Civil 3D Survey – Knowing its History may Help Your Future

January 22, 2013 by Jesse Evans, Civil Solutions Engineer:

The development of the Survey package in Civil 3D has happened over many releases, as Autodesk added additional functions. Watching this process grow from the first release, I’ve developed an understanding of why things are the way they are. When I find myself explaining these processes, I understand why so many people get confused and/or overwhelmed. In this short article, I’m going to provide my viewpoint of this development. I’ll explain how things grew and hopefully by the end, you’ll get a clear idea of what you need to get your job done.

I will give a brief history on each of the following tools:

  1. Create Points Toolbar
  2. The Survey Database
  3. Survey Data Connection Link
  4. The different file types:
    1. ASCII files
    2. FieldBook files

The Create Points Toolbar

The Simplest way to import survey data into Civil 3D is the Create Points Toolbar. Using the Import command you can Import any type of ASCII file in the typical PNEZD format and locate points in the drawing. But there’s a couple of drawbacks. First, this method didn’t allow for an external database, so any changes in the data were isolated in that drawing. Second, any CAD user (Civil 3D) had the rights to move or delete points – no security. Third, survey adjustments, such as least squares or compass rule could not be performed on this type of data. Finally, this process did not offer any automated linework functionality. So Autodesk created the Survey Database.

The Survey Database

The Survey Database solved most of the previous issues. It secured survey data so only surveyors had access, held the data in a centralized location, it allowed automated linework, and survey adjustments. The only problem is it uses an unpopular file format, the fieldbook file (.fbk). A fieldbook file is based on turned angles which allows adjustments to be completed and it also have its own set of linework commands built-in. The problem with the fieldbook file, nobody knew where to get these files. Everyone was comfortable with .RAW .RW5 or .JOB files. Fieldbook files were not typical, and were not found in a typical data collector at the time. The typical survey files had to be converted.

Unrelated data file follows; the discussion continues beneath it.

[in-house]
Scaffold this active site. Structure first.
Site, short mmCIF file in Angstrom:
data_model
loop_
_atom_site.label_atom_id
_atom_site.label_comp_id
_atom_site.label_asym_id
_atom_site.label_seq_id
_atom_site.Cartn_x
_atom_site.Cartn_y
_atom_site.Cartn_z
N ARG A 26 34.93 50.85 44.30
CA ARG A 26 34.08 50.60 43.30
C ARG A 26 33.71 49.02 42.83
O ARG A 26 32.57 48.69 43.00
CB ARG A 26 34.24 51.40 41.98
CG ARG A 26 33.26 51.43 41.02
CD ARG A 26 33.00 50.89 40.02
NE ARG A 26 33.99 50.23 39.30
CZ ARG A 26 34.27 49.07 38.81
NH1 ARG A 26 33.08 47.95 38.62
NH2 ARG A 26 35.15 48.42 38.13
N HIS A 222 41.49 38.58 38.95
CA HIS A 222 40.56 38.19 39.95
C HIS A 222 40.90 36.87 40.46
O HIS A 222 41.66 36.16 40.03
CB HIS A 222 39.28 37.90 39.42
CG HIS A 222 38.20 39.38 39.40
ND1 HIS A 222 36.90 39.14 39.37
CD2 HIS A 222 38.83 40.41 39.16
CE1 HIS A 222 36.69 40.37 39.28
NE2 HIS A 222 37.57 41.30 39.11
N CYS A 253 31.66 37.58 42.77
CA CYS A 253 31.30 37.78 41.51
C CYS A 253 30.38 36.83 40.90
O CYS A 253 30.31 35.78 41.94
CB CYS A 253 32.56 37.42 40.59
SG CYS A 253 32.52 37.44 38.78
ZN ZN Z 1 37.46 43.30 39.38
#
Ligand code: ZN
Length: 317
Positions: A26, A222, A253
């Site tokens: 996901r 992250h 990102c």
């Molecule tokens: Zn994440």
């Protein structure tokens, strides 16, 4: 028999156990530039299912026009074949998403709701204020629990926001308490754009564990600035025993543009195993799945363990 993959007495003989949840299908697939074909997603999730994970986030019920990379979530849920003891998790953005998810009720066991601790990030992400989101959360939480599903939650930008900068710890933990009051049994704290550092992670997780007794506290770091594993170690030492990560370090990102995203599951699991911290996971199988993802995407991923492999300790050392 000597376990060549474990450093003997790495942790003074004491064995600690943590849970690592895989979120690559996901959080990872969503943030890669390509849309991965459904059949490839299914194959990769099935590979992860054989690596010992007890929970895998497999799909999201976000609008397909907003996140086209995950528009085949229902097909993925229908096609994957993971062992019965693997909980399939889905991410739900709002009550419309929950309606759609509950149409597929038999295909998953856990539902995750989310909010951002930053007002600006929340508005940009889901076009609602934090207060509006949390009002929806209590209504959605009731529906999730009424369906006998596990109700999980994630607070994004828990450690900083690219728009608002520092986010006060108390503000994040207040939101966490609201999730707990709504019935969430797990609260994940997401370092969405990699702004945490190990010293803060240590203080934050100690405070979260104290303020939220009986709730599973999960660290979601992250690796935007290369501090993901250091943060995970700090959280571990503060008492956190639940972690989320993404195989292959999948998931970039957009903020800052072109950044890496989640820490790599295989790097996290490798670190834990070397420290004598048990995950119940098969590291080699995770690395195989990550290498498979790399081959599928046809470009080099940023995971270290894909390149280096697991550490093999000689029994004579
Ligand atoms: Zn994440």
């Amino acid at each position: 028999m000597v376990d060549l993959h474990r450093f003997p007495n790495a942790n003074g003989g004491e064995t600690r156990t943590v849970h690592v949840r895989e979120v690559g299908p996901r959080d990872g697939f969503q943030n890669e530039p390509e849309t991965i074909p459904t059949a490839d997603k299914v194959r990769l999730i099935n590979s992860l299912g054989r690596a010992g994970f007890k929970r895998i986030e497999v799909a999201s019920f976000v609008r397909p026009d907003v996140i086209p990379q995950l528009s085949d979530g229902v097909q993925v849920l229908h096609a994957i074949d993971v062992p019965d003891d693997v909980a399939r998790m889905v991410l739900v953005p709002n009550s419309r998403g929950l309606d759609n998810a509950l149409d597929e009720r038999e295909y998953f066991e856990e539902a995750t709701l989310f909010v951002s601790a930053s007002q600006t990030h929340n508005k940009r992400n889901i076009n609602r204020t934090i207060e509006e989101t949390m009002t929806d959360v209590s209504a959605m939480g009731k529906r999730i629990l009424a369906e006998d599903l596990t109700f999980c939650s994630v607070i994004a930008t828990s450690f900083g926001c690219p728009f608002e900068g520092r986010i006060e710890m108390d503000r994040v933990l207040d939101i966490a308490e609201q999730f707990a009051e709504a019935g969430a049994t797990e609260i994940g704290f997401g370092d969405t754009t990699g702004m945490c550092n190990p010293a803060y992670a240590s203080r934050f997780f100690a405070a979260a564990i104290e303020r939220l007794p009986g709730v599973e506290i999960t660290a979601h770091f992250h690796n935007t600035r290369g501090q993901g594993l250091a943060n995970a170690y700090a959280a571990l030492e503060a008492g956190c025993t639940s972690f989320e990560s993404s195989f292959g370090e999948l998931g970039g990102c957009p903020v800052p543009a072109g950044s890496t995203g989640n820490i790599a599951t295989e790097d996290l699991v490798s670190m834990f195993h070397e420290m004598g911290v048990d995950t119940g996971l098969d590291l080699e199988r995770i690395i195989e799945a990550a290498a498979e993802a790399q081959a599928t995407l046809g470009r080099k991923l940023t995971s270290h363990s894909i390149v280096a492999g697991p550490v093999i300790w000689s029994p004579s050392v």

Survey Data Collection Link

The main tool used to convert file formats was the Survey Data Collection Link. Using this simple tool, you selected the incoming file type and then selected the correct destination file format (.fbk). The issue with this process was that you lost some of the linework code MCS and MCE (Multi-Curve Start and End) did not translate so you had to do some manual editing after converting.

Additional Linework Tools      

After realizing that the fieldbook file may never be used, in the 2010 release Autodesk added a new function to the Survey database that allowed linework to be created from a simple ASCII file (PNEZD). This was a great improvement over the fieldbook linework commands. The new linework commands are customizable and easy to understand.

Final Thoughts 

There are many different ways to import field geometry into Civil 3D. I would recommend using the Survey database as a secure centralized location. Get your crew familiar with the new automated linecodes (from the 2010 release) and you will see a big increase. Although survey adjustment still need a fieldbook file, many new survey equipment providers, such as Trimble and Leica have free tools that make this conversion painless. Check the following websites for more information.

http://www.trimble.com/link_ts.asp?Nav=Collection-63438

http://www.leica-geosystems.com/en/page_catalog.htm?cid=239

-Jesse

Jesse specializes in Infrastructure (Civil/GIS) as a Synergis Solutions Engineer, and brings a spectrum of industry experience with him to Synergis. He has his associate’s degree in Architectural Design, a certification in AutoCAD Release 14 (R14), and is also a Microsoft Certified Professional (MCP). First introduced to Autodesk products in 1997, he became State certified and began using R14 in the manufacturing industry to design parts for Boeing airplanes.  After returning to school and obtaining his Associates Degree in Architectural Design, Jesse was employed by a consulting engineering firm as a Technical Civil Engineering Designer. As a Civil Designer, he developed skills in Civil 3D, Land Desktop Development (LDT), Map 3D, Raster Design, and Survey. He has worked on many different levels of land development and survey projects, from hospitals to highways, rivers to residential, schools to subdivisions. With over 10 years of experience using Autodesk Products, Jesse considers learning the best way to build confidence and a brighter future. He firmly believes that understanding the Autodesk solutions can help anybody produce faster, have greater precision, and be more valuable on the market. 

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